Now, it turns out that the Westin project is one of at least five new hotels planned for the downtown area. Five or more new hotels. Now, the local hotel biz has actually been pretty good lately, even without Opryland, with occupancy rates running high and a going average price of about $125 per night per person, but I think five more luxury hotels might just saturate the market, even at our current level of prosperity.

I am a member of the economic class that finds the idea of paying $125 a night for a place to sleep, shower, and stash my suitcase simply bizarre. Unfortunately for the builders of the Westin, my kind of people are on the increase in this country, and their clientele is barely managing to reproduce itself, let alone grow. Where do they think all these rich suckers are gonna come from? They’re waving around impressive revenue and tax projections, but they will have no money without people to spend it, and I think they’re living in a deluded dream if they think the future is going to be just like the past. The roller coaster does not go up and up forever, guys. Don’t the dark, closed carcasses of Planet Hollywood and the NASCAR Cafe tell you anything? The party’s over. Do you think I’m a jerk for saying this? Too bad. We need to be thinking very differently about preserving Nashville if we’re going to have a liveable city in another twenty or thirty years.

The first thing we need to do is to encourage urban and suburban gardening, especially projects that feed more people than just the gardeners. Tax credits for vegetable gardens, guys. And let’s repeal the zoning ordinances that prohibit people from keeping household livestock. Yeah, feedlots suck, but if folks want milk and eggs they oughta be able to keep a cow or goat and a few chickens around without getting hassled. And, while we’re relaxing zoning laws, let’s not be so fussy about the home/business divide. Making it easier for people to work at home cuts down on automobile traffic and increases neighborhood cohesion. And parking lots…we got too much parking space in some parts of this town. I look at that colossus by the river and all the flat space around it, and I think, “Cumberland River bottomland….used ta be fertile as a foot up a bull’s ass ( as an old Tennessee farmer I knew liked to say)…how ’bout some farmland restoration?”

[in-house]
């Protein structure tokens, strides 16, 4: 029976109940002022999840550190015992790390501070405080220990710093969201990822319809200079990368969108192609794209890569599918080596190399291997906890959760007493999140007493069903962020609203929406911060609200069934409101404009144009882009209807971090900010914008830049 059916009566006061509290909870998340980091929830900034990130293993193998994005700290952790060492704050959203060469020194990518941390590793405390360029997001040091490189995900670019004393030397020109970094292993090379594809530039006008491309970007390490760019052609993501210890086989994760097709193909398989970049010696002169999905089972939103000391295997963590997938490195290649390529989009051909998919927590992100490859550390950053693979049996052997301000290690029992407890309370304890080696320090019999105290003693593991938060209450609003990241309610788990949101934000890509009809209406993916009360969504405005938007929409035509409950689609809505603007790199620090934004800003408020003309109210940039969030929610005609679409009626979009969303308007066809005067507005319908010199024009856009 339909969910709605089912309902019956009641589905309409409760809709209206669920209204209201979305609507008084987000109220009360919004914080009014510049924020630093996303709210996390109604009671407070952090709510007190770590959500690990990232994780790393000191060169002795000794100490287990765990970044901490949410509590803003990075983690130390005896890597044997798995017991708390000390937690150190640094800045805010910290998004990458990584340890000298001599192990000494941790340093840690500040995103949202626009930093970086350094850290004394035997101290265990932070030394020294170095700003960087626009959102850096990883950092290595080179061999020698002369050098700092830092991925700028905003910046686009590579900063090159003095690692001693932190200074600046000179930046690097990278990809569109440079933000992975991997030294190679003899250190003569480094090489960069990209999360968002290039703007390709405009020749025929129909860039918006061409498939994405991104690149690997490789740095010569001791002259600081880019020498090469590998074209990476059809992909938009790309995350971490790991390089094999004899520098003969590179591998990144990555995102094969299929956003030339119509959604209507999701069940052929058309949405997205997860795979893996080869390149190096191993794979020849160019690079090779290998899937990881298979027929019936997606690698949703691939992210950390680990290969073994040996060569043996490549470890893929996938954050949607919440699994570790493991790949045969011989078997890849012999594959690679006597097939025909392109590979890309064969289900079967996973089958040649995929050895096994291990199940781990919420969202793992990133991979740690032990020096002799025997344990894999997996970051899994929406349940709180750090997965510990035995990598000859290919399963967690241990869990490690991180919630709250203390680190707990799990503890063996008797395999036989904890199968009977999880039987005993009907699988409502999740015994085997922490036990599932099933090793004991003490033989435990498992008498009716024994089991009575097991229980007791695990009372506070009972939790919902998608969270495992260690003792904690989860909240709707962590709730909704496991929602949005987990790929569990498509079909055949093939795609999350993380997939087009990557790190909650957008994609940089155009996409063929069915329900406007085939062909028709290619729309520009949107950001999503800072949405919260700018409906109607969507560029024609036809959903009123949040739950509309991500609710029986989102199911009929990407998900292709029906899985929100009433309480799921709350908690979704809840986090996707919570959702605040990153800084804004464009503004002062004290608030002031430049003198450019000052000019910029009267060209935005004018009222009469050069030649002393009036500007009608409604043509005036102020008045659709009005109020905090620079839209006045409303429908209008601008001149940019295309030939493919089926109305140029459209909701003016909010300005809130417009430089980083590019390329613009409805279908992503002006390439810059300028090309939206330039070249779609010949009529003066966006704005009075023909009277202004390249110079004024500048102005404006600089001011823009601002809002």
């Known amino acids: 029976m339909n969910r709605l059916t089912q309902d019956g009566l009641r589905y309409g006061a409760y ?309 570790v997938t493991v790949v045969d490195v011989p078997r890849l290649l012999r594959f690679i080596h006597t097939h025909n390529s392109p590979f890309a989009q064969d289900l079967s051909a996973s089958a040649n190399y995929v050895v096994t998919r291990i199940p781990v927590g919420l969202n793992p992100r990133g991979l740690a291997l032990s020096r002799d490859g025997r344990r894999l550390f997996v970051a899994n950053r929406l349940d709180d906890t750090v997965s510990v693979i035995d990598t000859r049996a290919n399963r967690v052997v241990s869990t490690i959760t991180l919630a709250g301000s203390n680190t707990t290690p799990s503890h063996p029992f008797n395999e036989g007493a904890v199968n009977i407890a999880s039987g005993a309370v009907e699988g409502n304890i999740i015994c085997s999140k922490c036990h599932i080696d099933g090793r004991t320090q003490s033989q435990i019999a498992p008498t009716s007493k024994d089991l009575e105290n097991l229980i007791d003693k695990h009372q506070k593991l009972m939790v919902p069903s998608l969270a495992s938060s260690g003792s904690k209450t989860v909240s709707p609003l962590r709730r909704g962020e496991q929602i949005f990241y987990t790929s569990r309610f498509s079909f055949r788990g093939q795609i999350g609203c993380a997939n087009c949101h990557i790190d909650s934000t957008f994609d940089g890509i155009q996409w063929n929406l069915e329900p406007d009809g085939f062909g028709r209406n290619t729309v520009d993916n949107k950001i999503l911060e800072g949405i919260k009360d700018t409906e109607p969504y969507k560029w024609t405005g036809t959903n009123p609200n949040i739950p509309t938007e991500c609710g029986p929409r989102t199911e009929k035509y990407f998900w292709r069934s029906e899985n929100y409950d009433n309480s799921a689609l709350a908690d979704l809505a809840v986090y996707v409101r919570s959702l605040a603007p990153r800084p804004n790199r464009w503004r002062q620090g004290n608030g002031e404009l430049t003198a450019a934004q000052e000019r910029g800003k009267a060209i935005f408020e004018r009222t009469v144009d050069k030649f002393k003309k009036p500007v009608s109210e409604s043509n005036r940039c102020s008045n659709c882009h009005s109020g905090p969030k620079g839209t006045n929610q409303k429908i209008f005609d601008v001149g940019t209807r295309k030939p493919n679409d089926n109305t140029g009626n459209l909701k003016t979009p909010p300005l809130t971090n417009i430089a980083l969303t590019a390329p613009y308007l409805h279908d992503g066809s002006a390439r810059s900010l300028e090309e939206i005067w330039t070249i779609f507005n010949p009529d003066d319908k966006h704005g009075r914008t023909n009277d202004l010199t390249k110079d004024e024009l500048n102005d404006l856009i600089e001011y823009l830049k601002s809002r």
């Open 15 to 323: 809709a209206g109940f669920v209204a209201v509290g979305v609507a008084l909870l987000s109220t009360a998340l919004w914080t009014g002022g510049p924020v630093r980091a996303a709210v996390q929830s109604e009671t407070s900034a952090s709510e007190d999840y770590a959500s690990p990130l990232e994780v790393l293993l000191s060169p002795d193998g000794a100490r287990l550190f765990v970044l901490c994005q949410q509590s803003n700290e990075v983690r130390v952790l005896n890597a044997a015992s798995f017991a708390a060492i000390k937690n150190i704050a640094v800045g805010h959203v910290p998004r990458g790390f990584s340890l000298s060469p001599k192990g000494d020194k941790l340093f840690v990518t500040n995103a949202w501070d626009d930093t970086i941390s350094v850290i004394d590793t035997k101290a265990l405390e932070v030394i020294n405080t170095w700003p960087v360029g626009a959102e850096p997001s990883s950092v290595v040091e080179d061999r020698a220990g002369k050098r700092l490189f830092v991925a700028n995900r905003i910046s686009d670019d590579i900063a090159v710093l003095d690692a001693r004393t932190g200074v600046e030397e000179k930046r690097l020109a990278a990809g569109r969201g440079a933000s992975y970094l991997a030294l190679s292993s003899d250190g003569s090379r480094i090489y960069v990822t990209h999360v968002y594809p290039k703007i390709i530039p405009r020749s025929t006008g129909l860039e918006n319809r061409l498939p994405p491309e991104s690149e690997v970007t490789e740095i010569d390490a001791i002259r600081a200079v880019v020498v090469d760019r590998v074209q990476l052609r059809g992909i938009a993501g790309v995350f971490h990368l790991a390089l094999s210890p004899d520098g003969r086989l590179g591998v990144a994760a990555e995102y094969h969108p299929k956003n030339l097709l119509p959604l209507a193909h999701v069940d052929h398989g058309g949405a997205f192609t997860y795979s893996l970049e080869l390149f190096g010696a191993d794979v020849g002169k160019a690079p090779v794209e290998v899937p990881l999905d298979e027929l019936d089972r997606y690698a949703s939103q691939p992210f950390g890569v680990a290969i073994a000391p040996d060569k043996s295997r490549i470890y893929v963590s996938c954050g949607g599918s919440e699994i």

Professional sports is such a waste of time and energy. Excuse me, do I sound like a hopeless Puritan? No, I just appreciate direct pleasure more than voyeurism. If you like football, get out and play football, dammit, don’t sit on your fat ass and watch somebody else do the work for you. But, I digress.

I will give the Westin developers some points for green building design, but green building design, for me, has to include the context of the building, and this proposal is out of context. If they want to try their luck with a 19-story hotel near downtown Nashville, there are other locations, some very close to this site, that wouldn’t hang anybody up. And that overpriced land they bought? Caveat emptor, as the Romans used to say. And good luck. It’s a free market, guys. Nobody guaranteed you a profit.

music:  James McMurtry, “The Old Part of Town